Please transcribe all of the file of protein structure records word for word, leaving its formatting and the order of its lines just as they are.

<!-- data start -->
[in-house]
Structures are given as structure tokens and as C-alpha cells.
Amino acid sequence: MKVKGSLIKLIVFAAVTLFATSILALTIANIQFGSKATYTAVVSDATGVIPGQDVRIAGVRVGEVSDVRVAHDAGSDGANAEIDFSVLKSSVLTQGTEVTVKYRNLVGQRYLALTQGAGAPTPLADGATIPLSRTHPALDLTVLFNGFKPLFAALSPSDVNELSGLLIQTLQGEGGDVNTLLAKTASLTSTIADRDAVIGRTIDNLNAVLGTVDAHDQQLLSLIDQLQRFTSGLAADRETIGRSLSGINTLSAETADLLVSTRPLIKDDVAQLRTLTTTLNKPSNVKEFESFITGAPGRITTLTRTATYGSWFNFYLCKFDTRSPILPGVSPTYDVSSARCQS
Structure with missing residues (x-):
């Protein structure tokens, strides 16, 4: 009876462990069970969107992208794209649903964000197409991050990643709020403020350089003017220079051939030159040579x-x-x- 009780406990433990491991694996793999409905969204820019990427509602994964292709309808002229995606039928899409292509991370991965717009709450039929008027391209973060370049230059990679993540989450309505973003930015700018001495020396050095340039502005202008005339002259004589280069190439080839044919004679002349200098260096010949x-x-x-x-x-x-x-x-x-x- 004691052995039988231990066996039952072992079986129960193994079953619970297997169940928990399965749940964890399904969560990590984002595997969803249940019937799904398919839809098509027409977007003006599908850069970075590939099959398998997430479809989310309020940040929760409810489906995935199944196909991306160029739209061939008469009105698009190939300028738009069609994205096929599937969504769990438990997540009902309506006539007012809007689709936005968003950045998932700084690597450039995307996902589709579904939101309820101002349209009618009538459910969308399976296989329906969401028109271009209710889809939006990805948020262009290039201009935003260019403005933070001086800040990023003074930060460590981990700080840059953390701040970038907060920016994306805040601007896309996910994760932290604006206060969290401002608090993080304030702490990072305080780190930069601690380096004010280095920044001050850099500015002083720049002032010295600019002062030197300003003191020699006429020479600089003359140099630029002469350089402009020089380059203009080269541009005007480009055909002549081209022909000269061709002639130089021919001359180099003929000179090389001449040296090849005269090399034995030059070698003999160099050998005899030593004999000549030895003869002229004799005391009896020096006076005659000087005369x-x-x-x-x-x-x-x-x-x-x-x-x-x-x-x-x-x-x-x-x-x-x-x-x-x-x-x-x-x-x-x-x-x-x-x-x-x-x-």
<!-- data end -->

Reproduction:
[in-house]
Structures are given as structure tokens and as C-alpha cells.
Amino acid sequence: MKVKGSLIKLIVFAAVTLFATSILALTIANIQFGSKATYTAVVSDATGVIPGQDVRIAGVRVGEVSDVRVAHDAGSDGANAEIDFSVLKSSVLTQGTEVTVKYRNLVGQRYLALTQGAGAPTPLADGATIPLSRTHPALDLTVLFNGFKPLFAALSPSDVNELSGLLIQTLQGEGGDVNTLLAKTASLTSTIADRDAVIGRTIDNLNAVLGTVDAHDQQLLSLIDQLQRFTSGLAADRETIGRSLSGINTLSAETADLLVSTRPLIKDDVAQLRTLTTTLNKPSNVKEFESFITGAPGRITTLTRTATYGSWFNFYLCKFDTRSPILPGVSPTYDVSSARCQS
Structure with missing residues (x-):
């Protein structure tokens, strides 16, 4: 009876462990069970969107992208794209649903964000197409991050990643709020403020350089003017220079051939030159040579x-x-x- 009780406990433990491991694996793999409905969204820019990427509602994964292709309808002229995606039928899409292509991370991965717009709450039929008027391209973060370049230059990679993540989450309505973003930015700018001495020396050095340039502005202008005339002259004589280069190439080839044919004679002349200098260096010949x-x-x-x-x-x-x-x-x-x- 004691052995039988231990066996039952072992079986129960193994079953619970297997169940928990399965749940964890399904969560990590984002595997969803249940019937799904398919839809098509027409977007003006599908850069970075590939099959398998997430479809989310309020940040929760409810489906995935199944196909991306160029739209061939008469009105698009190939300028738009069609994205096929599937969504769990438990997540009902309506006539007012809007689709936005968003950045998932700084690597450039995307996902589709579904939101309820101002349209009618009538459910969308399976296989329906969401028109271009209710889809939006990805948020262009290039201009935003260019403005933070001086800040990023003074930060460590981990700080840059953390701040970038907060920016994306805040601007896309996910994760932290604006206060969290401002608090993080304030702490990072305080780190930069601690380096004010280095920044001050850099500015002083720049002032010295600019002062030197300003003191020699006429020479600089003359140099630029002469350089402009020089380059203009080269541009005007480009055909002549081209022909000269061709002639130089021919001359180099003929000179090389001449040296090849005269090399034995030059070698003999160099050998005899030593004999000549030895003869002229004799005391009896020096006076005659000087005369x-x-x-x-x-x-x-x-x-x-x-x-x-x-x-x-x-x-x-x-x-x-x-x-x-x-x-x-x-x-x-x-x-x-x-x-x-x-x-």